The material makes it harder
for architects to lie.
The primal power of Tadao Ando derives from his sublime use
of one material and one move.
There’s a moment in A Walk in the Woods, Bill Bryson’s 1998 book on hiking
the Appalachian Trail, when he emerges from the forest to find a beautiful river
and an ugly bridge ruining the scenery. It may have been at the Delaware
Water Gap, that little moment of out-West-scale geological grandeur in the
East, but it matters little. We’ve all seen similar scenes; this country is a mess.
What caught my attention was Bryson’s description of the bridge as a product
of “the Age of Concrete,” and that with a disparaging tone.
Having grown up in Boston, with its rich history of poured-in-place wonders—
I. M. Pei’s gorgeous and forgotten Christian Science Center perhaps chief
among them—I’ve always had an exaggerated love for concrete. My earliest
memories of being affected by architecture are set in the dim halls of Paul
Rudolph’s Boston Government Service Center (a complex even more thoroughly forgotten than Pei’s), where the architect took all the tricks he’d tried at the
Art and Architecture Building, in New Haven, and multiplied them by his increased star power. It’s a pile of corduroy concrete in the shape of the Campo,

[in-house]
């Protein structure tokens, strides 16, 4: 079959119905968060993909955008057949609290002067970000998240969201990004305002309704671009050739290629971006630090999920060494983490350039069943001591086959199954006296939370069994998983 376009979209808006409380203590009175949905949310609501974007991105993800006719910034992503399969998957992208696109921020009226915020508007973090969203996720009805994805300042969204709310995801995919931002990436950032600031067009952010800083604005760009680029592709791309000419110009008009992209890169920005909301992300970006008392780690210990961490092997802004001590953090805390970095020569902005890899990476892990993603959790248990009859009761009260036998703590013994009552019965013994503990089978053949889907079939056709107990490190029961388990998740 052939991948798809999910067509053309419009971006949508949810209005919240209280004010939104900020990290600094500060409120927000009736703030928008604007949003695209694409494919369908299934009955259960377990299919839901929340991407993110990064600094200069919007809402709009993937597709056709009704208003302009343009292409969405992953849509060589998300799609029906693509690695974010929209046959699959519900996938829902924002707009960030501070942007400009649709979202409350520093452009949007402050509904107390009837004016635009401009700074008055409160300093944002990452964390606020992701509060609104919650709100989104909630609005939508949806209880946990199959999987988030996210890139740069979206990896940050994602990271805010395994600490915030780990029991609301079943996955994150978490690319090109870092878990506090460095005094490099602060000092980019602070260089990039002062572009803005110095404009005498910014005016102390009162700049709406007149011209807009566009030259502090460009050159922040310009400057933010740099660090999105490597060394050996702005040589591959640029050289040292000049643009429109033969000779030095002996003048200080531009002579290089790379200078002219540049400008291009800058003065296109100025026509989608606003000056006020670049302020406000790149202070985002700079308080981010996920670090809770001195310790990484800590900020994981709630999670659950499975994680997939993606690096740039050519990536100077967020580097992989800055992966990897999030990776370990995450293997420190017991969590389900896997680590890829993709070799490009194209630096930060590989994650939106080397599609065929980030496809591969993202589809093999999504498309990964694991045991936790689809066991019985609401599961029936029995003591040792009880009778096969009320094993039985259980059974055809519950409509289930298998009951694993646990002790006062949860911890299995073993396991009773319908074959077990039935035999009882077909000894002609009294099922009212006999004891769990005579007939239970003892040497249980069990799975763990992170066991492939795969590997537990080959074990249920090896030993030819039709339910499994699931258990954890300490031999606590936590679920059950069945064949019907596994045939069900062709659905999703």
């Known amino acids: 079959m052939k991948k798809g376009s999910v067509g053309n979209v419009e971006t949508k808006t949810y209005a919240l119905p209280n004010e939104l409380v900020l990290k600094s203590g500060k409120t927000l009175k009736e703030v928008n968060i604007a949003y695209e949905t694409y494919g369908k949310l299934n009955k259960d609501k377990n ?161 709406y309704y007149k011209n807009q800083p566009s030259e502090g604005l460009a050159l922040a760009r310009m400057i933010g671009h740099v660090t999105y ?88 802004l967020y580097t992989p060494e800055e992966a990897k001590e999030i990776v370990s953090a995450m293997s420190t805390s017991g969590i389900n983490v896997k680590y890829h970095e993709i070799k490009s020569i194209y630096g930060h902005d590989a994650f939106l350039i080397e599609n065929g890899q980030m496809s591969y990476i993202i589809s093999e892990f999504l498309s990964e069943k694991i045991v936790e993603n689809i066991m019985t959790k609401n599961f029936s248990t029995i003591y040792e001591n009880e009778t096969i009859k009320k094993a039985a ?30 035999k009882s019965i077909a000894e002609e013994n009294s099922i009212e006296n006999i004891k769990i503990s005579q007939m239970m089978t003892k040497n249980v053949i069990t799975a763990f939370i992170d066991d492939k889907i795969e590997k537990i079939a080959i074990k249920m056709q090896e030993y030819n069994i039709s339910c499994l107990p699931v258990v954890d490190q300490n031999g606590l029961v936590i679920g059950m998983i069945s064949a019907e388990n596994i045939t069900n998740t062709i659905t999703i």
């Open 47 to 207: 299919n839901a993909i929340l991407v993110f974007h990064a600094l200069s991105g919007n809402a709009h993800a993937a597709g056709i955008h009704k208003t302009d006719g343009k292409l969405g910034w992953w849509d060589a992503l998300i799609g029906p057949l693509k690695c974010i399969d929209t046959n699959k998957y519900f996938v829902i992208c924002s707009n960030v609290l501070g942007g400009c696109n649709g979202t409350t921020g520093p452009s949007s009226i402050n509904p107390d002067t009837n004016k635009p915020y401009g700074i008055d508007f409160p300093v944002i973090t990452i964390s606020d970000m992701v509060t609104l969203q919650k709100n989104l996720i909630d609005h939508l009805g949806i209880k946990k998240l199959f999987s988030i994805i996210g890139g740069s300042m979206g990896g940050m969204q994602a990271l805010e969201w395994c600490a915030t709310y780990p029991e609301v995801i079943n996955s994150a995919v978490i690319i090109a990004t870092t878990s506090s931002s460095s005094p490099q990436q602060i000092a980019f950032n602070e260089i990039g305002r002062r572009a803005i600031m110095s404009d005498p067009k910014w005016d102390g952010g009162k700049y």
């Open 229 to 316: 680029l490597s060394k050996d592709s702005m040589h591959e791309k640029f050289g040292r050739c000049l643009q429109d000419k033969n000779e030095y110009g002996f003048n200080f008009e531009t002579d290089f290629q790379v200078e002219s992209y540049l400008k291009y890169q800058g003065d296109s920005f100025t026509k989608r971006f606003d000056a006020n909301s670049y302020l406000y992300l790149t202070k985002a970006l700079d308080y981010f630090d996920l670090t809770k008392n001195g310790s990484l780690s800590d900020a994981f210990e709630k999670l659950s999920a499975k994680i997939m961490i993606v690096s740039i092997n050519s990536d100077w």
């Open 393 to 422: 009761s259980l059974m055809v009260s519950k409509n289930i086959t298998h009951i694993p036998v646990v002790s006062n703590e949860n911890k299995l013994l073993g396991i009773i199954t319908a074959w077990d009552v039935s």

in Siena, decorated with quotations from Corbusier’s monastery at La Tourette
and built to the megastructural scale of the most ambitious urban renewal. It’s
dark and unforgiving and, in my memories, always wet. It’s perfect. If Rudolph’s
masterpiece is a product of the Age of Concrete, I don’t think we should ever
grow out of it.
As I mentioned in the last issue, vis-à-vis Polshek Partnership’s new
Standard Hotel, in New York, part of the joy of appreciating concrete buildings
is that the material makes it harder for architects to lie. It is what it is: rock
shaped by the architect’s imagination. There’s a little steel thrown in to handle
tensile forces, sure, and pipes and insulation and wires and all the rest, but in
unifying structure and skin a lot of the obscuring mess of a typical curtain-wall
building is eliminated. In short, concrete buildings are primal. Primal is good.
And if a building can be both primal and refined, well...isn’t that why we all
love Tadao Ando?
In the summer of 1993, I went to Japan on a three-week exchange program
for architecture students. Part of that time we were in charrette with our hosts
at Waseda University (I’m not sure anything notable came from those studios),
but the rest was spent touring: Kyoto, Osaka, etc. The hyped continued on page 84
Top, Richard Pare/courtesy Sterling and Francine Clark Art Institute; bottom,
Jeff Goldberg/Esto, courtesy Sterling and Francine Clark Art Institute
The Stone Hill Center (top), located at the Clark Art Institute, in Williamstown,
Massachusetts, is part of an Ando-designed master plan that will eventually
include an exhibition, visitor, and conference center. The landscape architect
is Reed Hilderbrand Associates. Above: The special-exhibition gallery.